One of the concerns investors had was that all the 200 million shares that comprised the base offering were secondary, which obviously begs the question of why this is a good time to buy when the original shareholders are divesting. The shares were sold by an entity owned by Standard Chartered Private Equity, CVC Capital Partners and the company management, which teamed up to buy the company in 2007. At the time of the listing, Standard Chartered Private Equity and CVC will each own 28.3% of the company, while the management will hold a combined 5.3%. Shareholders who participate in the IPO will own 36.8%.
The IPO price was fixed at the bottom of the S$1.30 to S$1.60 for a total deal size of S$260 million ($200 million). The final price values the company at 8.3 times its 2011 earnings.
Datang had planned to sell 7.1 billion shares in its Hong Kong IPO, with 95% targeted at international investors the remaining 5% earmarked for retail investors. The deal had a 15% greenshoe option and the company was planning to use the proceeds to fund the construction of its wind power projects, to purchase wind turbines, and to repay bank loans.
The listing was scheduled for December 9. Credit Suisse, J.P. Morgan, Macquarie and UBS were the joint bookrunners.
Also in the market at the moment is Datang’s domestic peer, Huaneng Renewables, which is the wind-power unit of one of China’s largest state-owned power producers, China Huaneng Group. Huaneng is seeking to raise about $1.5 billion and yesterday sources said that it intended to push ahead with its listing plan for now – the hope being that Datang’s decision to postpone will make more investors turn their attention to Huaneng.
Huaneng is due to start the institutional bookbuilding on Monday, which would allow for a trading debut in the middle of December. However, people involved in the deal said they might need to move the transaction to next year if the market condition deteriorates further. Huaneng’s IPO is lead by China International Capital Corp, Goldman Sachs, Macquarie and Morgan Stanley.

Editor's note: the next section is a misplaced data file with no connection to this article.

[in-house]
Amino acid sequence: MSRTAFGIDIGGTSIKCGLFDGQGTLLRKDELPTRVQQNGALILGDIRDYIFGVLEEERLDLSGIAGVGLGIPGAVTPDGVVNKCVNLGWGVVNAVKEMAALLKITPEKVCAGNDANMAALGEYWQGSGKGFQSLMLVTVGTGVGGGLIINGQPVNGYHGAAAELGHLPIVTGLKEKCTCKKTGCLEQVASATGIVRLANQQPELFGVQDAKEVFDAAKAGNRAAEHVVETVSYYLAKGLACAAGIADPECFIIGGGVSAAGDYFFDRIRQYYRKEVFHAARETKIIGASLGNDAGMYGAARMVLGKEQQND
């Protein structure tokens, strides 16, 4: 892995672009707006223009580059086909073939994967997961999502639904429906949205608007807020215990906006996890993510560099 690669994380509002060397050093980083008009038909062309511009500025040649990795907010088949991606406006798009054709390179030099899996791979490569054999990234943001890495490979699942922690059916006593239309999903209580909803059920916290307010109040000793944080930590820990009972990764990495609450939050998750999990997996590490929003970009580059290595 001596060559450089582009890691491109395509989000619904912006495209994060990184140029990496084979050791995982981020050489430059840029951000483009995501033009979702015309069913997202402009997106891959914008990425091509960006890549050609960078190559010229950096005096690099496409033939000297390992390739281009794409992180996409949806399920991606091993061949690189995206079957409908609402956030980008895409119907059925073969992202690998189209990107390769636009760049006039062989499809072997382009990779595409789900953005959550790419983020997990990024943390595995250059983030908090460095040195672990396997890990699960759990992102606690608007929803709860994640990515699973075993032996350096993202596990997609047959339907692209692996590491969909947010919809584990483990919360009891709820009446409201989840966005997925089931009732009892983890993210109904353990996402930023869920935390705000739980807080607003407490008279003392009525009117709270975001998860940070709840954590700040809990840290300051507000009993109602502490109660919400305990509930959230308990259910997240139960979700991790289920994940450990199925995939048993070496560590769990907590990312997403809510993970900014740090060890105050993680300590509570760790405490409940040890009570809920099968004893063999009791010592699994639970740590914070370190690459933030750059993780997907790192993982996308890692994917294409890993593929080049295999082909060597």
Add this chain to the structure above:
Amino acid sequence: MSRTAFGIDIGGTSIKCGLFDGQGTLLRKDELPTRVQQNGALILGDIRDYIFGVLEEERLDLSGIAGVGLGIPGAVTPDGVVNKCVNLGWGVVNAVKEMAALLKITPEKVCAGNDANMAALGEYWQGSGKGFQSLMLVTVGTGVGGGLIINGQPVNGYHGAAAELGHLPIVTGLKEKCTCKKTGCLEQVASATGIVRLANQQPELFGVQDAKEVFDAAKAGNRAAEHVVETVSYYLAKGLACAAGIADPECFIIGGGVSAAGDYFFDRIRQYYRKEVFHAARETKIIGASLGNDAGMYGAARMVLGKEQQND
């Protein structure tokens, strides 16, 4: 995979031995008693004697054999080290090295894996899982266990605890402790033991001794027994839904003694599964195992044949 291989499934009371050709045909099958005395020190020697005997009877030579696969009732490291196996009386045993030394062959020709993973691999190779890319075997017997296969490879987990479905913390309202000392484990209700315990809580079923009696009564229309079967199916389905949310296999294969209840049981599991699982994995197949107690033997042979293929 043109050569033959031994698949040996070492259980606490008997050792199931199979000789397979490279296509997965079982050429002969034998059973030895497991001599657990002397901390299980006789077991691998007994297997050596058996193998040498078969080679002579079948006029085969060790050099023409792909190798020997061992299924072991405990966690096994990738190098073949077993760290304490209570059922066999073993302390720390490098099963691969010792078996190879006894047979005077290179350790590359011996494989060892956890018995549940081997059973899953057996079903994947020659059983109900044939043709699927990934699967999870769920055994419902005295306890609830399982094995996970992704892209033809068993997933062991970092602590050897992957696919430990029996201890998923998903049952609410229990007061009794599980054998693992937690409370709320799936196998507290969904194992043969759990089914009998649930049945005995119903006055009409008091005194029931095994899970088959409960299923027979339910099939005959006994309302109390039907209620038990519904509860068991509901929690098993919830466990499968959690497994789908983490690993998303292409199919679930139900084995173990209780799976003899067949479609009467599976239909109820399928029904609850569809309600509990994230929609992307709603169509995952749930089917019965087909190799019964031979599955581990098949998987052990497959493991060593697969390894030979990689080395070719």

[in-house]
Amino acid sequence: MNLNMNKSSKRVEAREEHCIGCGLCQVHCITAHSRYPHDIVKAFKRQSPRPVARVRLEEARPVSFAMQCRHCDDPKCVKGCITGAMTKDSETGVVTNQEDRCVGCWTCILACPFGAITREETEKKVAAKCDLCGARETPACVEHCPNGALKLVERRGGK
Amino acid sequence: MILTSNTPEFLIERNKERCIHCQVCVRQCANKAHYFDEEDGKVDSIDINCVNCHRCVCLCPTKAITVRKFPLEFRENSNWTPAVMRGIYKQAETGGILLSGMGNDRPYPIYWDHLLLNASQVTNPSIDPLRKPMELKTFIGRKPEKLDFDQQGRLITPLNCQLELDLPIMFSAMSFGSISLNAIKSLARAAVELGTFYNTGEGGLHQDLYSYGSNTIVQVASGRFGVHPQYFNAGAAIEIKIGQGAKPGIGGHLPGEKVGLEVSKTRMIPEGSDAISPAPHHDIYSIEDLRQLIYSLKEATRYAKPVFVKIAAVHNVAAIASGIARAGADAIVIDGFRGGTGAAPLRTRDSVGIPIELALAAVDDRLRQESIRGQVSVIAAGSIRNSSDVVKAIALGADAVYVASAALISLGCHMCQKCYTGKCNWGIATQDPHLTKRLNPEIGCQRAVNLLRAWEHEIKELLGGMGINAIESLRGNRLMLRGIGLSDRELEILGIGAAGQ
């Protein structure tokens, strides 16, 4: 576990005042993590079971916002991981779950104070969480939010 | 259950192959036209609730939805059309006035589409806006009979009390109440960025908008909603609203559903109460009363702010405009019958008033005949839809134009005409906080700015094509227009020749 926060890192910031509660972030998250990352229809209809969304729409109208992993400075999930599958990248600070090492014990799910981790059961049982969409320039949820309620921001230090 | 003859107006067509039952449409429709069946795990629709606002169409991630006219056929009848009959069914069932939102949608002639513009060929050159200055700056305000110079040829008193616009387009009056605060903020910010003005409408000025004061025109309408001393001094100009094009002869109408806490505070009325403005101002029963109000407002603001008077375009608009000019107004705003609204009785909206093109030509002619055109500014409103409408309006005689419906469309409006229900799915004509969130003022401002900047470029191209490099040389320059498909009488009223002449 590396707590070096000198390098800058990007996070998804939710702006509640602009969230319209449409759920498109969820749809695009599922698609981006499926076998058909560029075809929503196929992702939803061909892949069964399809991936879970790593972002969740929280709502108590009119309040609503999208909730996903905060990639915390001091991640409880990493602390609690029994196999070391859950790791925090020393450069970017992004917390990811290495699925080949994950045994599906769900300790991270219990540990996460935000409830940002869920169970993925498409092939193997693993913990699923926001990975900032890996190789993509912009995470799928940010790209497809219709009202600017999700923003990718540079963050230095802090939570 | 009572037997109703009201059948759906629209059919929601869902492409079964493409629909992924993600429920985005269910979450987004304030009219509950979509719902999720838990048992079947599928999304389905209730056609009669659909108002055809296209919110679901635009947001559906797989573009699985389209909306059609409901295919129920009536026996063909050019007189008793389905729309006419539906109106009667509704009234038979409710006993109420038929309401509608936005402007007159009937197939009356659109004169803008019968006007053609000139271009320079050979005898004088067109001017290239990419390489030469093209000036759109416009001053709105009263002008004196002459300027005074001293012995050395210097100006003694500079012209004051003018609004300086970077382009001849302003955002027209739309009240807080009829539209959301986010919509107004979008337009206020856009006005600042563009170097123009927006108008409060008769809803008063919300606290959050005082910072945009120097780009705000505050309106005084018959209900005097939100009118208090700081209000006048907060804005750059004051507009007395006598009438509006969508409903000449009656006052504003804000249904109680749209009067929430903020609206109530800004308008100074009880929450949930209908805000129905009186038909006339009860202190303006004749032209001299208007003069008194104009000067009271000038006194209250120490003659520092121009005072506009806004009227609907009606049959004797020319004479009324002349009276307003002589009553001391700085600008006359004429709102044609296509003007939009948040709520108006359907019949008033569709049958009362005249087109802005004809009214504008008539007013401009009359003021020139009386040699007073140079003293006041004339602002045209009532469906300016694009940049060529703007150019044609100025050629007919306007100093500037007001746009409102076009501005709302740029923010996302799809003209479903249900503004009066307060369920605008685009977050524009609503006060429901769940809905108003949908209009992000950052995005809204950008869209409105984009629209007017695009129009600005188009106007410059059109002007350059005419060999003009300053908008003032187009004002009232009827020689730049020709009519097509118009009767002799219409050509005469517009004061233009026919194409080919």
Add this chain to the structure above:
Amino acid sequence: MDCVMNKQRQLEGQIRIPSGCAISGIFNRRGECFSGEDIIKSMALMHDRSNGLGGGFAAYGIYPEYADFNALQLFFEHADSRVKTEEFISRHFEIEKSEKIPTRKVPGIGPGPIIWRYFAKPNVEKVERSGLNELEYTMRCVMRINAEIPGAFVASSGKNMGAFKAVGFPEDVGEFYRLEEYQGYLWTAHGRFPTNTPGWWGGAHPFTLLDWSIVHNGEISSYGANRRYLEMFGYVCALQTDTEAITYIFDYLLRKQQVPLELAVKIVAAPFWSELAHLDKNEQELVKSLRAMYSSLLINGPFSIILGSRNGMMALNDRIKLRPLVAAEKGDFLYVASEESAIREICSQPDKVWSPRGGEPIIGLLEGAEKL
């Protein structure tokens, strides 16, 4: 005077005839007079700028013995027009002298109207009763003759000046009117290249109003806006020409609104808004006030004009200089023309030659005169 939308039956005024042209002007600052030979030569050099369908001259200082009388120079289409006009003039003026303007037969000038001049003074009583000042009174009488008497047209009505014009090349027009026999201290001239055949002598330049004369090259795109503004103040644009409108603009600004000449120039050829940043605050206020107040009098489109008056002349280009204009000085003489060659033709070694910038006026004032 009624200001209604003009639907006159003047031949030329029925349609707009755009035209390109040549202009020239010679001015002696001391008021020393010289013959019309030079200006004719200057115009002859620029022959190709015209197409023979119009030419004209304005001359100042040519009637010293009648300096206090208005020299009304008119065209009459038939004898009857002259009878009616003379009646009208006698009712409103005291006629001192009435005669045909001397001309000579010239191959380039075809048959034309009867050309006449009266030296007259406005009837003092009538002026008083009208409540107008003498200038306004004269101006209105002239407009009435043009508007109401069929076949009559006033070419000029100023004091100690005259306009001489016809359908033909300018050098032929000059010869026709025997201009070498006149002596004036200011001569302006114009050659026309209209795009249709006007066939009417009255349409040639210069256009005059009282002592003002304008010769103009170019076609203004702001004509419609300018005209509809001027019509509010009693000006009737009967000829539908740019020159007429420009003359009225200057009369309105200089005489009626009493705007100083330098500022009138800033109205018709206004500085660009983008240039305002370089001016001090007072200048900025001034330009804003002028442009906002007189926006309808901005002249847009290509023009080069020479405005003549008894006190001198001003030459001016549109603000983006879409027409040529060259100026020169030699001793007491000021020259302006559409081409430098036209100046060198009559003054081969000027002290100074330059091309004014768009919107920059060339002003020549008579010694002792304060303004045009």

The cancellation of Adisseo’s and Datang’s offerings comes after Chinese luxury developer CJ Land earlier this month pulled its Hong Kong IPO of up to $618 million amid worries about the impact of Beijing's tightening policies on the country's ailing housing market. Like Adisseo, Shanghai-based CJ Land had completed the entire roadshow and was due to fix the price when it announced it had decided to pull the deal. The IPO was being arranged by Bank of America Merrill Lynch, BOC International, Citi and Macquarie.
Some market watchers predict there will be more companies scrapping their IPOs in the coming weeks, while issuers with an urgent need for cash may need to offer their shares at greater valuation discounts to their peers and keep their fingers crossed.
Still, it is not all doom and gloom in the IPO markets. Goodbaby International Holdings, a Chinese producer of children’s products such as strollers, gained 18.4% in its trading debut in Hong Kong yesterday after being up as much as 25.9% intraday. This prompted the company to exercise its 15% greenshoe in full after the market closed, increasing the size of its IPO to $218 million.
Goodbaby had already priced its IPO at the top of the offering range after drawing strong demand. The retail tranche was almost 1,460 times subscribed, freezing $27.7 billion of retail cash and making it the most heavily oversubscribed offering in Hong Kong this year. Morgan Stanley was the sole bookrunner.